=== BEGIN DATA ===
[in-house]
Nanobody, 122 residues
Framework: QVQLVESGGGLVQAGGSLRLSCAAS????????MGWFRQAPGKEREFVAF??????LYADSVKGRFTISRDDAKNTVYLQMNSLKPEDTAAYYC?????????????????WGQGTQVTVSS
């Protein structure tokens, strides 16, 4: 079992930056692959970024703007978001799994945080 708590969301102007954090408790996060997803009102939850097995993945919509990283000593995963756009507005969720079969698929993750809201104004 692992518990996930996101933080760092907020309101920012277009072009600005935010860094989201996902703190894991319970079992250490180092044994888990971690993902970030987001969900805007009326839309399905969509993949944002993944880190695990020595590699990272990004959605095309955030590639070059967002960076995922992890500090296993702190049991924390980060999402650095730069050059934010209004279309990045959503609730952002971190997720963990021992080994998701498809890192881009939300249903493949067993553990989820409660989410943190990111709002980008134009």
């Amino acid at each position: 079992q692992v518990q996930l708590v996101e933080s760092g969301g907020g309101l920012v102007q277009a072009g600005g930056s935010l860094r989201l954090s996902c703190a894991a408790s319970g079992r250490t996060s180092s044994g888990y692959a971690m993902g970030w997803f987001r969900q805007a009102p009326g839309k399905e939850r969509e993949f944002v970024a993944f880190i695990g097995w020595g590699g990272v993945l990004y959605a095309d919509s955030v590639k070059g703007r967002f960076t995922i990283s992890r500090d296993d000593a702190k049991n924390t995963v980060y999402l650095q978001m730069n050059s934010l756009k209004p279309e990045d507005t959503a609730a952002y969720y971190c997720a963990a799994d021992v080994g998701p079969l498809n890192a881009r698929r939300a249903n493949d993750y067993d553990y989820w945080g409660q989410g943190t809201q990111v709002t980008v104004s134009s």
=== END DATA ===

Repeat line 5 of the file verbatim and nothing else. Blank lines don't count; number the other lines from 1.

């Amino acid at each position: 079992q692992v518990q996930l708590v996101e933080s760092g969301g907020g309101l920012v102007q277009a072009g600005g930056s935010l860094r989201l954090s996902c703190a894991a408790s319970g079992r250490t996060s180092s044994g888990y692959a971690m993902g970030w997803f987001r969900q805007a009102p009326g839309k399905e939850r969509e993949f944002v970024a993944f880190i695990g097995w020595g590699g990272v993945l990004y959605a095309d919509s955030v590639k070059g703007r967002f960076t995922i990283s992890r500090d296993d000593a702190k049991n924390t995963v980060y999402l650095q978001m730069n050059s934010l756009k209004p279309e990045d507005t959503a609730a952002y969720y971190c997720a963990a799994d021992v080994g998701p079969l498809n890192a881009r698929r939300a249903n493949d993750y067993d553990y989820w945080g409660q989410g943190t809201q990111v709002t980008v104004s134009s």